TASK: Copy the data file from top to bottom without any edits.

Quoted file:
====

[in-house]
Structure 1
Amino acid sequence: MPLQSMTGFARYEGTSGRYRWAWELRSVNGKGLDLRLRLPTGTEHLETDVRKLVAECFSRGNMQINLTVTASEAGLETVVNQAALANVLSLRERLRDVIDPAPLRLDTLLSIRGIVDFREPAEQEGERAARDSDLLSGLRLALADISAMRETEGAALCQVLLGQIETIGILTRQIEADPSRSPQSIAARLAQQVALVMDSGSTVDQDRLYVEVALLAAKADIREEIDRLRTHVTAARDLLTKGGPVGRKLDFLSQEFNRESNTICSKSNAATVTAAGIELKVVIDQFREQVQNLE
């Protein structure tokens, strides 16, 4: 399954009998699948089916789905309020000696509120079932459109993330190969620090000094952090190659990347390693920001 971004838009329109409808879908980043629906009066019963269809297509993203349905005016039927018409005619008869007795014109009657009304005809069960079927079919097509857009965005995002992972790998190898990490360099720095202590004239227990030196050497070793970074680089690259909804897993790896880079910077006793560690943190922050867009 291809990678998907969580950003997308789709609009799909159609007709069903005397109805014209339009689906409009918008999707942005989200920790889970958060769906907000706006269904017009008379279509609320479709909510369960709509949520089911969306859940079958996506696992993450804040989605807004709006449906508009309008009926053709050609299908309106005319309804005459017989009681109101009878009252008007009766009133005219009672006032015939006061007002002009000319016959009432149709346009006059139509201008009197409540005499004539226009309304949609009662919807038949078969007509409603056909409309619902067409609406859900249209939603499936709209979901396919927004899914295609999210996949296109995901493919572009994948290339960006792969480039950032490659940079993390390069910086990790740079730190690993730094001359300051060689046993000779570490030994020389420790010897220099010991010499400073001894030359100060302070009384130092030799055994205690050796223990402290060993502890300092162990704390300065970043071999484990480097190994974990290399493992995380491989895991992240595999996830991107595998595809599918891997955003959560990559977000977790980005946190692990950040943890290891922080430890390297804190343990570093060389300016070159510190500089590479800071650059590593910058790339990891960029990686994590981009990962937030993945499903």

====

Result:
[in-house]
Structure 1
Amino acid sequence: MPLQSMTGFARYEGTSGRYRWAWELRSVNGKGLDLRLRLPTGTEHLETDVRKLVAECFSRGNMQINLTVTASEAGLETVVNQAALANVLSLRERLRDVIDPAPLRLDTLLSIRGIVDFREPAEQEGERAARDSDLLSGLRLALADISAMRETEGAALCQVLLGQIETIGILTRQIEADPSRSPQSIAARLAQQVALVMDSGSTVDQDRLYVEVALLAAKADIREEIDRLRTHVTAARDLLTKGGPVGRKLDFLSQEFNRESNTICSKSNAATVTAAGIELKVVIDQFREQVQNLE
């Protein structure tokens, strides 16, 4: 399954009998699948089916789905309020000696509120079932459109993330190969620090000094952090190659990347390693920001 971004838009329109409808879908980043629906009066019963269809297509993203349905005016039927018409005619008869007795014109009657009304005809069960079927079919097509857009965005995002992972790998190898990490360099720095202590004239227990030196050497070793970074680089690259909804897993790896880079910077006793560690943190922050867009 291809990678998907969580950003997308789709609009799909159609007709069903005397109805014209339009689906409009918008999707942005989200920790889970958060769906907000706006269904017009008379279509609320479709909510369960709509949520089911969306859940079958996506696992993450804040989605807004709006449906508009309008009926053709050609299908309106005319309804005459017989009681109101009878009252008007009766009133005219009672006032015939006061007002002009000319016959009432149709346009006059139509201008009197409540005499004539226009309304949609009662919807038949078969007509409603056909409309619902067409609406859900249209939603499936709209979901396919927004899914295609999210996949296109995901493919572009994948290339960006792969480039950032490659940079993390390069910086990790740079730190690993730094001359300051060689046993000779570490030994020389420790010897220099010991010499400073001894030359100060302070009384130092030799055994205690050796223990402290060993502890300092162990704390300065970043071999484990480097190994974990290399493992995380491989895991992240595999996830991107595998595809599918891997955003959560990559977000977790980005946190692990950040943890290891922080430890390297804190343990570093060389300016070159510190500089590479800071650059590593910058790339990891960029990686994590981009990962937030993945499903």